Any chance that the current

"Add only an apostrophe if the possessive is pronounced the same way as the non-possessive name: Sam Hodges' son, Moses' leadership;"

could be rewritten with the directness and simplicity of, say, Oxford's? Pyxis Solitary talk 10:43, 9 December 2017 (UTC)

Pretty much every style guide gives a conflicting "rule" about this, with widely divergent rationales (when one is offered at all). They vary from /s/ or /z/ or both pronunciation, to presence of the character s alone or singly, whether the name is pre-medieval, whether it's Latin or Greek or French in particular, and so on.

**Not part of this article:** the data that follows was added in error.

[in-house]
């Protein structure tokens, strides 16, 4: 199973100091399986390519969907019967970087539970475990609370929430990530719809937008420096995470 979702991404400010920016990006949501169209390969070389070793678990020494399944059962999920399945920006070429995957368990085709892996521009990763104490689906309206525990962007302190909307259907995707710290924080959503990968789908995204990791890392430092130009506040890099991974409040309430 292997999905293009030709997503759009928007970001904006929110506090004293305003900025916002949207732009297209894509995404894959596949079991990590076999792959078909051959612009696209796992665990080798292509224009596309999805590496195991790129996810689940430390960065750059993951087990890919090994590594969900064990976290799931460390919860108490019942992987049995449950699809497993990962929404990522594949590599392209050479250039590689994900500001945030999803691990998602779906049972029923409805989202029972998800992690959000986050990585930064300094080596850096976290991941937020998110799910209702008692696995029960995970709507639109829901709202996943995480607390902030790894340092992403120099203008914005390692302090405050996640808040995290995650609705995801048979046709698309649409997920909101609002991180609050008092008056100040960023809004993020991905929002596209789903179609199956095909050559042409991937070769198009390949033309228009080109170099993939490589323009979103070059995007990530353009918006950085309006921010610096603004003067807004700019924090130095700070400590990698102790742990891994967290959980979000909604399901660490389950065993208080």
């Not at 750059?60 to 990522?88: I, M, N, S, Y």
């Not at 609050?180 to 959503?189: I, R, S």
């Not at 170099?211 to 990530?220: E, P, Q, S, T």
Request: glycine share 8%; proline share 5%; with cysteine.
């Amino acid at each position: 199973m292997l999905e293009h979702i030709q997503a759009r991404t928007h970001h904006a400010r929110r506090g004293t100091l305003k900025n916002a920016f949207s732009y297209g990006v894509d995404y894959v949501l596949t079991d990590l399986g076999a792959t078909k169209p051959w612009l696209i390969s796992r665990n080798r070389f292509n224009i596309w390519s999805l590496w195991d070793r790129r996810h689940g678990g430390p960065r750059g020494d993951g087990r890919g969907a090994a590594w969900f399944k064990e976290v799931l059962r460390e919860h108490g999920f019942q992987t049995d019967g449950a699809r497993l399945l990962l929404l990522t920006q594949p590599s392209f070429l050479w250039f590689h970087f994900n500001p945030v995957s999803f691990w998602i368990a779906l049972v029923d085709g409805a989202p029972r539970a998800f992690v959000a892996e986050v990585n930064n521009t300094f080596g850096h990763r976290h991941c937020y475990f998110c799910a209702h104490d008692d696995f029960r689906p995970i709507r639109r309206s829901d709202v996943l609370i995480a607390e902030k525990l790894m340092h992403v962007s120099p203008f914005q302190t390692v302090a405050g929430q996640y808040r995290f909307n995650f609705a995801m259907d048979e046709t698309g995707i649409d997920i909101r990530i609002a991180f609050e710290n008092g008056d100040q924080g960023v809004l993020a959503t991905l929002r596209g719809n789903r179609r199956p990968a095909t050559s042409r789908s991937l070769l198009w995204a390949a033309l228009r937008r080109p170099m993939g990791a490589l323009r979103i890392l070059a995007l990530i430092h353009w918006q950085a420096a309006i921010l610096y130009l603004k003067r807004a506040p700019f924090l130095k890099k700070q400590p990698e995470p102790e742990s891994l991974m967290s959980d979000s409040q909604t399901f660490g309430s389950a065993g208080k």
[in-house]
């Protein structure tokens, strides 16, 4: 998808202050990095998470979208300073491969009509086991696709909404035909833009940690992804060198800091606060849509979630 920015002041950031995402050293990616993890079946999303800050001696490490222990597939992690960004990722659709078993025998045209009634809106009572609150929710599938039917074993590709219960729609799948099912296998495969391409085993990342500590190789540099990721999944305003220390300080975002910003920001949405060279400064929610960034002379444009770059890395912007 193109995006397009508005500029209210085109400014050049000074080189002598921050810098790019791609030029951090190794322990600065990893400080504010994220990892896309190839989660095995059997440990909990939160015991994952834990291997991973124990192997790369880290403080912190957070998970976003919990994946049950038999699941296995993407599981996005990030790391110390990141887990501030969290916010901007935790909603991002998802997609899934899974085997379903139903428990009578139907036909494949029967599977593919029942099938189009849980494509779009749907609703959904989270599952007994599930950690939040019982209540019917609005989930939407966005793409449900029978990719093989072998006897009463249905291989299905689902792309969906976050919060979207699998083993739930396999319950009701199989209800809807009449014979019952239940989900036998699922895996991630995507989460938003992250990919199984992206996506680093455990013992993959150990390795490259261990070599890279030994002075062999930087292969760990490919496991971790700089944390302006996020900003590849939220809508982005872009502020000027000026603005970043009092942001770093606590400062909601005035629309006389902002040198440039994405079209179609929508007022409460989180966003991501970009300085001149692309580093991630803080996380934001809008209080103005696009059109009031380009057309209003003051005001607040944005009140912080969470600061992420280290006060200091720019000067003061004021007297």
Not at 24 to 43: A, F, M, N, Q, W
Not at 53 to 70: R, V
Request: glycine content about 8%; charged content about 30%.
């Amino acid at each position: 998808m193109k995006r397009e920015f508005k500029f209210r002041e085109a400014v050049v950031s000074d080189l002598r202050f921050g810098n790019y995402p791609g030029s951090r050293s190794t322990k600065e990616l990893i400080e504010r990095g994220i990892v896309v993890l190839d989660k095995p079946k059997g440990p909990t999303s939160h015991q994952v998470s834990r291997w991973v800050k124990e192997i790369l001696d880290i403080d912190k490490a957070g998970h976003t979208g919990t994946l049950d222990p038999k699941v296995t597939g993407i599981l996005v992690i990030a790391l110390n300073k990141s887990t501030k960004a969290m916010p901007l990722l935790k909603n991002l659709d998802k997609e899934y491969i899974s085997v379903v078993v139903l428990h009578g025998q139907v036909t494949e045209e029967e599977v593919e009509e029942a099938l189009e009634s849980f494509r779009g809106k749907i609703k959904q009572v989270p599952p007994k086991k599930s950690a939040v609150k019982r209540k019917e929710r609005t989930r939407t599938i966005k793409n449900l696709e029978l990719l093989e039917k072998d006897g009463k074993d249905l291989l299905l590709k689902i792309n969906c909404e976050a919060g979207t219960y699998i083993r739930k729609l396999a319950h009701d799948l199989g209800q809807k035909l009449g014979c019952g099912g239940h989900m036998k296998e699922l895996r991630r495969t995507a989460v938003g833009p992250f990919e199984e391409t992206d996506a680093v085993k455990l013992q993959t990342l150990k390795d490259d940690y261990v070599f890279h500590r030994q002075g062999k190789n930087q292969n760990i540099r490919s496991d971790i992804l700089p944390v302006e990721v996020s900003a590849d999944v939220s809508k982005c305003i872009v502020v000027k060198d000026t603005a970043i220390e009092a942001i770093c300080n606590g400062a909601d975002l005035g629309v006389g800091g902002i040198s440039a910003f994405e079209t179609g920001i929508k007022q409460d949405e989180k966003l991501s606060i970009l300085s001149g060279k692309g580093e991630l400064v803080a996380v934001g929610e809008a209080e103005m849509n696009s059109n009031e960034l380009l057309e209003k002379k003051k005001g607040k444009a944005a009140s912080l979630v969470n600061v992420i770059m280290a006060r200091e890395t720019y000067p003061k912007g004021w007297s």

The Chicago Manual of Style is now recommending a consistent [except as noted below] 's, regardless of etymology or pronunciation. Some quoted examples (17th ed. §§ 7.16–7.19): "a bass's stripes", "Kansas's legislature", "Marx's theories", "Jesus's adherents", "Berlioz's works", "Tacitus's Histories", "Borges's library", "Dickens's novels", "Malraux's masterpiece", "the Lincolns' marriage" (plural), "the Williamses' new house" (plural), "Descartes's three dreams", "the marquis's mother", "Albert Camus's novel", "Euripides's tragedies", "the Ganges's source", and so on. It makes a strange exception I've not seen anywhere else (§7.20): "Possessive of nouns plural in form, singular in meaning. When the singular form of a noun ending in s is the same as the plural (i.e., the plural is uninflected), the possessives of both are formed by the addition of an apostrophe only. If ambiguity threatens, use of to avoid the possessive. politics' true meaning, economics' forerunners, this species' first record (or, better, the first record of this species)". Less strange: "The same rule applies when the name of a place or an organization or a publication (or the last element in the name is a plural form ending in s ...) even though the entity is singular: the United State's role ..., Highland Hills' late mayor", etc. This codicil seems unnecessary, since we'd automatically use ' not 's because the word being modified is plural. It has another exception (§7.21) I've seen in some form in two other style guides: In a formulaic for ... sake cliché, use just ': for goodness' sake, for righteousness' sake, but use 's for non-stock variants, like for expedience's sake, for Jesus's sake. The obviously problem with this is that "for Jesus's sake" is common and formulaic, while "for righteousness'[s] sake" is neither frequent not a stock phrase, so the CMoS editors were drunk or something when they wrote that part. >;-) Beyond this, CMoS simply observes that the "just use ' after s" system exists, but specifically deprecates it (§7.22).